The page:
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8:21 pm
December 5, 2012
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Anatomy of a CLS: Maintaining Automated Systems

1112delivery1

This final article in a long-running series discusses some tips to help ensure your delivery systems perform their jobs for many years to come.

 

Previous articles in this series have focused on helping your operations implement the correct engineered approaches for specific applications. Once those systems are in place, it’s up to the Maintenance Department to protect your investment. In this final installment of our series, we’ll discuss the minimum maintenance requirements for ensuring that your delivery systems continue to perform their intended functions for many years to come.

Controlling Contamination
“Cleanliness is next to godliness” is a mantra to live by when dealing with lubricants and lubrication systems. Induced system contamination is a major factor in premature bearing and lubrication-system wear. When transferring lubricants into a lube-system reservoir, great care must be taken so peripheral dirt is not introduced and passed through to the bearing points. 

By their design and nature, lube-system components are not dirt-tolerant: Many of these systems employ fine-tolerance pistons and spool valves in their pumps’ delivery blocks and injectors—similar to the fine tolerances found in the bearings they are called on to lubricate. Heeding the following maintenance and setup tips can help you prevent most contamination problems:

1112delivery2Fig. 1. RAG (Red/Amber/Green) systems colorfully indicate when a lubricant reservoir needs to be filled. (Courtesy EngTech Industries)New Installations…

  • To avoid cross-lubricant contamination, make sure the lubricant reservoir tag that identifies the correct lubricant matches the lubricant that’s about to be dispensed into the reservoir. 
  • Clean the reservoir-fill area and fill with clean lubricant. When filling with oil, use a filter cart with a clean dispensing nozzle and clean dedicated transfer funnel. When filling with grease, use a fully cleaned positive-coupled air-powered grease barrel pump.
  • Start the pump and purge lubricant through it before connecting the main delivery lines. 
  • Clean all lube lines of swarf and debris before connecting them. Use an air-powered “wad” cleaning system to shoot wadding through the lines to ensure no dirt is present prior to startup.
  • Connect lines to cleaned dispensing blocks and purge with lubricant before connecting and purging the secondary lines prior to connecting to the bearing points. 
  • Check for system leaks and repair them immediately, cleaning up all traces of leaked lubricant.
  • After system runs for a number of hours, perform a second leak check.
  • After system runs for a number of days, perform a lubrication check at each bearing point to ensure no lubricant has purged through the bearing. If lubricant is evident, the system will require further calibration.  

Existing Installations…  

  • Set up a PM task to regularly clean the lubrication pump and reservoir.
  • To avoid cross-lubricant contamination, make sure the lubricant reservoir tag that identifies the correct lubricant matches the lubricant that’s about to be dispensed into the reservoir. 
  • Clean the reservoir-fill area and fill with clean lubricant. When filling with oil, use a filter cart with a clean dispensing nozzle and clean dedicated transfer funnel. When filling with grease, use a fully cleaned positive-coupled air-powered grease barrel pump.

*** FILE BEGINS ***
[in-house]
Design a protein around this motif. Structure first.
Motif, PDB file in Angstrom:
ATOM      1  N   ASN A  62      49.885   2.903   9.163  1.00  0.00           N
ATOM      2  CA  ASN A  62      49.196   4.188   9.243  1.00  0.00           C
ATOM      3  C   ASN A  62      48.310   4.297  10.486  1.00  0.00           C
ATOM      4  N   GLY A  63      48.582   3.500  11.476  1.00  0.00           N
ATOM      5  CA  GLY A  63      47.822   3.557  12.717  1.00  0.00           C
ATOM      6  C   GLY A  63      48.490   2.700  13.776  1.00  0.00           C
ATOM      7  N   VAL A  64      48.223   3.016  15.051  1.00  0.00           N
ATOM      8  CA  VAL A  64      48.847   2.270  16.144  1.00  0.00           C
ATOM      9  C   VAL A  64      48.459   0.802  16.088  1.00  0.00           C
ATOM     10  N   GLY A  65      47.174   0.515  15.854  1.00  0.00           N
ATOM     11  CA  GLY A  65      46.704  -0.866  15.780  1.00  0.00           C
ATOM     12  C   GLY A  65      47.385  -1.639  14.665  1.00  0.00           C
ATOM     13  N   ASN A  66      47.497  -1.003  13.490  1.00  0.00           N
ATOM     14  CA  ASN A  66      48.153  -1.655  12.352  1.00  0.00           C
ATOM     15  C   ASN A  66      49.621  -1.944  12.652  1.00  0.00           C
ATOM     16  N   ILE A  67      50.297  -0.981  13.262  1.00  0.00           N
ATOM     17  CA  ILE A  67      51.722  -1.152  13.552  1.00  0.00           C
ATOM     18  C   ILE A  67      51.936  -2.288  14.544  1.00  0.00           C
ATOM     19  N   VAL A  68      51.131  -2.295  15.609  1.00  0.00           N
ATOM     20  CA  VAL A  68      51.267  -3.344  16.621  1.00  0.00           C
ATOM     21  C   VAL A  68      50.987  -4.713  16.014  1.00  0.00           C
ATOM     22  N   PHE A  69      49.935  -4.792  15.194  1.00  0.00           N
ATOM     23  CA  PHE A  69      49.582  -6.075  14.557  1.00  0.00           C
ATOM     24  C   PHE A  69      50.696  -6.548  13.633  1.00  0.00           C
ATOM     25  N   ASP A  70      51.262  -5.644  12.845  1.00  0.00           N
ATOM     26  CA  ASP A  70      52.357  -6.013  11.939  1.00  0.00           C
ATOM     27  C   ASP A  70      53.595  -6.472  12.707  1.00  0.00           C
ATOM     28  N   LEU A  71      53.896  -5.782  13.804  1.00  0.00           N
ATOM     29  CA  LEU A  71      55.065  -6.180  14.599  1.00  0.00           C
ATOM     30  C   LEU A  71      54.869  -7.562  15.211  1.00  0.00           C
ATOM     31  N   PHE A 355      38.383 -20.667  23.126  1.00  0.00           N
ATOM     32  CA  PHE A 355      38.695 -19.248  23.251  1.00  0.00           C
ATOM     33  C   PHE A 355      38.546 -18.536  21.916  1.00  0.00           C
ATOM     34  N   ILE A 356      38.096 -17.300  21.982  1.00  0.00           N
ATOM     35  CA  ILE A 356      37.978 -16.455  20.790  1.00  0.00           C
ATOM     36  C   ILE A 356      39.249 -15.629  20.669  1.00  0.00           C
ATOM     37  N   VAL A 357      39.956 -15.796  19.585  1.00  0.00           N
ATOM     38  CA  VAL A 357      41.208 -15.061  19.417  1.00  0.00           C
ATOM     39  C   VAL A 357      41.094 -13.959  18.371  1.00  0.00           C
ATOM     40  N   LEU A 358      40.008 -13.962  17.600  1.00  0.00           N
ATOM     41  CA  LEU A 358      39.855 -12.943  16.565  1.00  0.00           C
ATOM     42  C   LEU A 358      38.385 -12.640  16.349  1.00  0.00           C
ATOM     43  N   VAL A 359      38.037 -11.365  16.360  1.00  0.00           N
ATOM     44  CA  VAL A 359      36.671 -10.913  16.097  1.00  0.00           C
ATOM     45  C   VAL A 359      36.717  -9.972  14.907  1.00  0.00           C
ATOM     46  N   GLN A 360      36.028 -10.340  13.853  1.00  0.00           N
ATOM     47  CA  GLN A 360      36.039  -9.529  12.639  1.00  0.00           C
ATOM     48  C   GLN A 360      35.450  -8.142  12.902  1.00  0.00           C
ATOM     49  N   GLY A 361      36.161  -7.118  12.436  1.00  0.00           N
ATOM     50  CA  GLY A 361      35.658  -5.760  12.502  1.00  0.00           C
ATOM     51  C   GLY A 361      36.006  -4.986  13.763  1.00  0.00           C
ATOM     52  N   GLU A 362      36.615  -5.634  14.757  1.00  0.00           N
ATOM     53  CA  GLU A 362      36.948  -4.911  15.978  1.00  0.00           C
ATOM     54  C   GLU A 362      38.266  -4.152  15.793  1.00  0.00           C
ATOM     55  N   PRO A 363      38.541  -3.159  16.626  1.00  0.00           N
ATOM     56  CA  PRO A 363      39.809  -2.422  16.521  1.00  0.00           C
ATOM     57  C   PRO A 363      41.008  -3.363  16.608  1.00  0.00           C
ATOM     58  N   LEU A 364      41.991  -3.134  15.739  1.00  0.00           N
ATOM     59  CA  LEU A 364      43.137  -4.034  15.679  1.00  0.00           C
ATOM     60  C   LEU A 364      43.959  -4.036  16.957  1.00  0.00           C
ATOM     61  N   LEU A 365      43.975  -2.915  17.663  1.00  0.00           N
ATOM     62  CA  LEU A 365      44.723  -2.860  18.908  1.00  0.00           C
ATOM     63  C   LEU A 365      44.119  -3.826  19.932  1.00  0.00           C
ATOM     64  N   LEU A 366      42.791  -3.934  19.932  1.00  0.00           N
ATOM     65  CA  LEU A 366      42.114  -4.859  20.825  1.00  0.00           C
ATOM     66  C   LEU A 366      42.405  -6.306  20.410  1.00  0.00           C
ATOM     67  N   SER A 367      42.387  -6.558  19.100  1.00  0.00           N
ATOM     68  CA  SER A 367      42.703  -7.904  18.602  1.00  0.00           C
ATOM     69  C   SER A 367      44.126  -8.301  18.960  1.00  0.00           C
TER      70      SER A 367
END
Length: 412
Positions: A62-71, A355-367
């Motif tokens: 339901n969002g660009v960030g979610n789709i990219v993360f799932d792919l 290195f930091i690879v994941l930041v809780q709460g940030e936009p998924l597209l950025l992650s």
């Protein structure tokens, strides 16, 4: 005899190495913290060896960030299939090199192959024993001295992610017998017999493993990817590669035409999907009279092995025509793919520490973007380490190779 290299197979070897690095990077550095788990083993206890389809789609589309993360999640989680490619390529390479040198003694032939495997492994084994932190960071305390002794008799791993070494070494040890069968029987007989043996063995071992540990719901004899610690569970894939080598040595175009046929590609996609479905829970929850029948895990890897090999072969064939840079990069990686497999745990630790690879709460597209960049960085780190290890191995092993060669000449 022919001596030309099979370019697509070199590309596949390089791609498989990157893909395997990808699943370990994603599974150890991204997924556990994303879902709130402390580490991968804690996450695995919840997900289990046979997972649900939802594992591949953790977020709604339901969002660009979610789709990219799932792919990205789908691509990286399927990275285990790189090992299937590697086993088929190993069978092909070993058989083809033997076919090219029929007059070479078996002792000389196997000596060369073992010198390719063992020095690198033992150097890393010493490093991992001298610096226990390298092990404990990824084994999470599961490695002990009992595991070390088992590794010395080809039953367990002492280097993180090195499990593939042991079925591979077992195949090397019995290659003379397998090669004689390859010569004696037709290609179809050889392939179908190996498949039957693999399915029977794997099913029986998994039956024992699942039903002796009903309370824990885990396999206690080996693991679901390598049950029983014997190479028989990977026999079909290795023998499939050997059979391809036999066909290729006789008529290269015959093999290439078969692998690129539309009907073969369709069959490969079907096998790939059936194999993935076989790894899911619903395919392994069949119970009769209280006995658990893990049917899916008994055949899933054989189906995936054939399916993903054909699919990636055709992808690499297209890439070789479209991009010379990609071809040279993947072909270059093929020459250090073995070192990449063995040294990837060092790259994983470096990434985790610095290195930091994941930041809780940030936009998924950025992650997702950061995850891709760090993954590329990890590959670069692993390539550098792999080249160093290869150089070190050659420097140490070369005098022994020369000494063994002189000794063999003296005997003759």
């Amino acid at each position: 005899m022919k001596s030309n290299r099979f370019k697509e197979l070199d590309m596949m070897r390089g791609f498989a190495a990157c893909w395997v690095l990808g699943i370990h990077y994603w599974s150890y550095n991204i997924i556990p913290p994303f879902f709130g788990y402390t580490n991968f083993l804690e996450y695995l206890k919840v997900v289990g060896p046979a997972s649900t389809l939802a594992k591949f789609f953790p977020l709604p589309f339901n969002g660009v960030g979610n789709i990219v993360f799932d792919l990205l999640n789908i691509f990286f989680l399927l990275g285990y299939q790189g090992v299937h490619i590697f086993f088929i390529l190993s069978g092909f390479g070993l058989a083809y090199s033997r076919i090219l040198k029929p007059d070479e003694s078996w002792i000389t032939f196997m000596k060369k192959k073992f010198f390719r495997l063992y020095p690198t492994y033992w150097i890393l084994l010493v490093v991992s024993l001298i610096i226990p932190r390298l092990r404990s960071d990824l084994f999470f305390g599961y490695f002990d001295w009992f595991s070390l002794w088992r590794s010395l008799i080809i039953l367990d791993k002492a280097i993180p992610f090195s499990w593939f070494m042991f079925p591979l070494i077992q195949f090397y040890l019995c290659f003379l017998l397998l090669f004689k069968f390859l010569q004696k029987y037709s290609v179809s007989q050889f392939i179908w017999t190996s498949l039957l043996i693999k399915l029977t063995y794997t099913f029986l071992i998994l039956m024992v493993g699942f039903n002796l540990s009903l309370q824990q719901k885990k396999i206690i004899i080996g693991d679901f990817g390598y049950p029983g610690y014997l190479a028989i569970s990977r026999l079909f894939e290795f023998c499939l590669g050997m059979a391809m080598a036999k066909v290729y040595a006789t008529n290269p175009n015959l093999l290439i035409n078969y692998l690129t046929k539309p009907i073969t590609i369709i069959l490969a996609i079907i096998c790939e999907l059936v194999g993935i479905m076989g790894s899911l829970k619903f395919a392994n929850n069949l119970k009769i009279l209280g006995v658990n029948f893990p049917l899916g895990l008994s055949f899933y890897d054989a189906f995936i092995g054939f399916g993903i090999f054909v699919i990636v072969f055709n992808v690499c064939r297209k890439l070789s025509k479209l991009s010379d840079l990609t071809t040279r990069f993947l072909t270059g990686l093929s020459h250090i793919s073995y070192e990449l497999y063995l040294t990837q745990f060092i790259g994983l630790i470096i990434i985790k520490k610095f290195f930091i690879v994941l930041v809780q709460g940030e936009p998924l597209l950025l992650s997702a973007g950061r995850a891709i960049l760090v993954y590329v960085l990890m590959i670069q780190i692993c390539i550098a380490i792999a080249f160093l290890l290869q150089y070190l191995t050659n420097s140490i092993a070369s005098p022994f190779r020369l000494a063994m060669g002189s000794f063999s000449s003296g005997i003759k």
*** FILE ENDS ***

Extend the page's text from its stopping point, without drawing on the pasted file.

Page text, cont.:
• Perform a system leak check.

Regular PM/Operator Maintenance

Daily checks are essential for ensuring that a lubrication system is operating as designed (and that lubricant is, in fact, in the system). This is often best performed by the equipment operator who visually checks the entire system in a quick system-walk-around each day and only notifies the Maintenance Department when an exception is found. Check functions can include:

  • Checking reservoir fill levels: Is the level between the Lo and HI mark on the reservoir? Some systems use RAG—Red/Amber/Green—indicator systems (like the one shown in Fig. 1) that show when to fill the reservoir. Green denotes the high fill-line. Amber means that the reservoir needs filling, but still has a lubricant reserve that’s sufficient for a user-determined number of days. Red indicates that the reserve is only good for a user-determined number of hours before the lubricant runs dry.
  • Checking for/immediately reporting any system leaks.
  • Checking for apparent system damage, including line crush and any overpressure indicator signal denoting back pressure in the system caused by a damaged or blocked bearing or line.
  • Checking for/immediately reporting controller warning signals/lights.
  • Checking that pressure filters (in recirculating oil and hydraulic systems) aren’t showing red-flag signals, which would indicate a filter is full and in bypass mode.

Of course, the type of lubrication system—as well as the lubricant used in it—will dictate the level of checking required. For example, recirculating oil systems are prime candidates for oil analysis, allowing the lubricant to be changed only when needed (based on its condition).

Coming Up
In 2013, LMT will carry a new series based on the ICML (International Council of Machinery Lubrication) Body of Knowledge that’s used to certify Lubrication Technologists and Analysts. The focus will be on the basic elements for understanding and implementing a best-practice GLP (Good Lubrication Practices) program in any industrial plant or facility. LMT

For ICML or ISO lubrication training and/or more details on automated lube systems, telephone (519) 469-9173; or email: kbannister@engtechindutries.com.

For more info, enter 06 at www.LMTfreeinfo.com

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